skip to Main Content

Dr. Diane Poole Heller presents…

A Live Masterclass (with Q&A)

Restoring Relational Resilience

An experiential workshop where we explore how attachment styles influence adult relationship patterns.

See how simple and compassionate exercises deepen intimacy, strengthen attachment bonds and promote healing in any relationship.

In this FREE, 90-minute LIVE training, we’ll explore:


The Link Between Attachment Styles & Adult Relationships

In a brief overview of attachment theory, learn how early childhood attachment styles develop, influencing both social and intimate adult relationship patterns.


How Each of the 4 Attachment Styles Presents in Adults

Each of the four attachment styles has its own defining traits and characteristics. We’ll identify each style’s communication needs—and discuss why people don’t always fit neatly into a single category.


Experiential Exercises to Repair Attachment Wounds

Help yourself or your clients heal broken connections and overcome habitual patterns using practical healing exercises that restore secure attachment bonds and lead to better communication.


Why We Stimulate Our Own Issues When Working with Clients

Fostering secure attachment for others means strengthening it for yourself. Learn how to acknowledge your own patterns and reactions, and develop reassuring therapeutic skills that build trust and instill confidence.

Want to better understand your clients’ attachment style?

Get instant access to this FREE BONUS GIFT when you register…

Adult Attachment Styles Reference Guide

It’s our way of saying THANK YOU!

Just download the ADULT ATTACHMENT STYLES REFERENCE GUIDE immediately after you register.

Use this concise and practical reference guide to better understand how each of the four attachment styles presents for intimate relationships in a clinical setting.

Includes a quick chart that maps each attachment style to…

Ready to Join Us?

Register now for this FREE 90-minute training led by Dr. Diane Poole Heller

Includes LIVE Q&A!

Restoring Relational Resilience

What if you could turn theoretical principles into practical healing to help any type of relationship?

If you’ve studied the history of psychology at all, you know that psychologist John Bowlby first developed attachment theory while studying why babies became so separated from a parent.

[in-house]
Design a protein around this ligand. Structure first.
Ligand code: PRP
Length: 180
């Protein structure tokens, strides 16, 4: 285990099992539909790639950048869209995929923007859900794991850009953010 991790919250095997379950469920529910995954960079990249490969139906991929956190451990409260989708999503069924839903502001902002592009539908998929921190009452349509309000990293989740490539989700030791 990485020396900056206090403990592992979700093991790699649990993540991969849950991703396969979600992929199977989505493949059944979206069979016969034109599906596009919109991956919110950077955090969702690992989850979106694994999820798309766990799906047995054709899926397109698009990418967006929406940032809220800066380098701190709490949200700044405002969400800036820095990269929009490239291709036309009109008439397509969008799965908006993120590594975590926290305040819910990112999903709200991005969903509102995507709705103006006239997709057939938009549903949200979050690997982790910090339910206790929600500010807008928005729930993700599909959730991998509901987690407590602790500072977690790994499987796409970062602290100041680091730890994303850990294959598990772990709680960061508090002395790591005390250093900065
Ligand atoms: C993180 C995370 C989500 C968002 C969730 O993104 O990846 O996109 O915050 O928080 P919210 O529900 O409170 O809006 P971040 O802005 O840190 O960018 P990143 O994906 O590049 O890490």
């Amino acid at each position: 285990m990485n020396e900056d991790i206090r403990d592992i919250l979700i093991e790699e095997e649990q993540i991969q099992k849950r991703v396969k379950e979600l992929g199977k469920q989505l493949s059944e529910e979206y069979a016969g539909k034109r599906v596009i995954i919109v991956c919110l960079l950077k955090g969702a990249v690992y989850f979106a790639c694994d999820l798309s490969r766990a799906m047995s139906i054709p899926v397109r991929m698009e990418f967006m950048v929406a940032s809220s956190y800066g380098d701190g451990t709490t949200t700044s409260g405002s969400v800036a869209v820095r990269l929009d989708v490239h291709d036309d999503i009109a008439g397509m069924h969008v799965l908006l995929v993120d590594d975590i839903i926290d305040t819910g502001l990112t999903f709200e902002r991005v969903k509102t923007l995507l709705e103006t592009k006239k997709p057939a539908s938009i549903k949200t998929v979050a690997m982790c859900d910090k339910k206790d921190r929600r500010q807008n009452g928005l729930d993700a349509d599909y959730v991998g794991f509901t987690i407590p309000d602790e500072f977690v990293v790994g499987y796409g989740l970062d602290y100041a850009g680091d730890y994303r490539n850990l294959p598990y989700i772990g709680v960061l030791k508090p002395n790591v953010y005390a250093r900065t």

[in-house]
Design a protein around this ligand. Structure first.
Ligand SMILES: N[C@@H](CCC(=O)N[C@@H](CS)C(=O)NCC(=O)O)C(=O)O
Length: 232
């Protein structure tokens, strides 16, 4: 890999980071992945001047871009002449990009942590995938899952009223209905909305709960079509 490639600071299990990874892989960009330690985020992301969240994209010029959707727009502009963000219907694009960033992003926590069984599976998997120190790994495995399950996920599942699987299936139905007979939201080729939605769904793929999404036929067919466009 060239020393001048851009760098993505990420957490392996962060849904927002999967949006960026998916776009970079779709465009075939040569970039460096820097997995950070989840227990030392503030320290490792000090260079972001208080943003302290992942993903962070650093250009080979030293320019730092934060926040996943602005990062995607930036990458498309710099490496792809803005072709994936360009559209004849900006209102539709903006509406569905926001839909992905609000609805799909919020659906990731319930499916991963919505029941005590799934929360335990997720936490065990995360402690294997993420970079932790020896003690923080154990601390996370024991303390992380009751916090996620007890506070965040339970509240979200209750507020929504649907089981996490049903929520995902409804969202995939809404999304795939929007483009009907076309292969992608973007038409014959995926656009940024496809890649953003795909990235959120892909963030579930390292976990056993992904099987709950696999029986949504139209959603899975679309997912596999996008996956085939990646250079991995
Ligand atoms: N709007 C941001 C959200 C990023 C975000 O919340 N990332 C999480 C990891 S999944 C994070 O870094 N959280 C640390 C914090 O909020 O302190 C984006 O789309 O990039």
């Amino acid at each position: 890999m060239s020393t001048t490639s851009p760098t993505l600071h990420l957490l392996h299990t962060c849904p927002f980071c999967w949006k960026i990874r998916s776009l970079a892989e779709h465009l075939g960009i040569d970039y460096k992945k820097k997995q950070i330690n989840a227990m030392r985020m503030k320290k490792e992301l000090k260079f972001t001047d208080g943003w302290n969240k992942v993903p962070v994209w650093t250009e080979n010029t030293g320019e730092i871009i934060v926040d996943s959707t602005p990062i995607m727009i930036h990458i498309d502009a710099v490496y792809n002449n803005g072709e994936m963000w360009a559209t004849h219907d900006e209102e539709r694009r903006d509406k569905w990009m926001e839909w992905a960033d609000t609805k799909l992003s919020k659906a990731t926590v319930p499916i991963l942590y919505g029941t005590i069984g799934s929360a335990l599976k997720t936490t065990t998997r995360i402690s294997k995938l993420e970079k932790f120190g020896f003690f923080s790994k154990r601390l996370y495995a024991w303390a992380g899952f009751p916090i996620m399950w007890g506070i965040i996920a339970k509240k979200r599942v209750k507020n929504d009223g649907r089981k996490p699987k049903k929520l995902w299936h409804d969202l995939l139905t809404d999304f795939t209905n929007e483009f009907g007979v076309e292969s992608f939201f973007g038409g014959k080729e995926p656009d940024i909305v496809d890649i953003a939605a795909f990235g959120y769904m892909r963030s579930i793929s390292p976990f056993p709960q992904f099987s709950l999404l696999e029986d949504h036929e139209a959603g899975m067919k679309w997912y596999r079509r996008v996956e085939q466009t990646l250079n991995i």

Biologically, all babies need a parent or primary caregiver to take care of their basic needs to survive—and Bowlby observed that children use what he called attachment behaviors, such as crying, searching and holding on to their parent, to prevent separation or communicate their
basic survival needs.

In an ideal situation, children come to rely on a consistent, loving presence that aims to understand them and meet their needs. And if your primary caregiver met your needs when you were young, you probably developed a secure attachment style.

But what happens in a less-than-ideal situation? Most likely, your primary caregiver failed to meet your needs reliably—or perhaps they responded inconsistently—so you may have adapted an insecure attachment style, which includes three sub-types: avoidant, ambivalent and disorganized.

Attachment theory holds that these early childhood patterns can carry over into adulthood and influence your emotions, behavior patterns and interactions… and most importantly, how you form relationships and relate or communicate with others.

Can attachment styles change or are we “stuck” with them?

Our self-esteem, ability to control our emotions, behaviors, communication style, work, beliefs, quality of our relationships—even our physical health—are all affected by our attachment style.

When we feel anxious or fearful or stressed, the patterns we established in early childhood continue to serve as our working model for our adult relationships. That means, we’re often not as good as articulating our needs or understanding others as we may think we are.

And while you may not have much of a say over which attachment style you’ve developed, when you better understand the source of your attachment style, you can begin to recognize (or even predict) what your response is likely to be in certain circumstances.

When we realize that many of our current relationship patterns may be related more to our early upbringing rather than our current partner’s shortcomings, we can view ourselves and others with more compassion and empathy, which is an important step in the healing process.

The good news is—learning more about why you think and feel the way you do holds the key to overcoming unhealthy insecure attachment habits and patterns.

When we better understand our own adaptations, we can begin to develop new ways to heal and connect with others to create deeper and more meaningful relationships.

Why are attachment styles so important?

You should join us if…

Ready to Join Us?

Register now for this FREE 90-minute training led by Dr. Diane Poole Heller

Includes LIVE Q&A!

Restoring Relational Resilience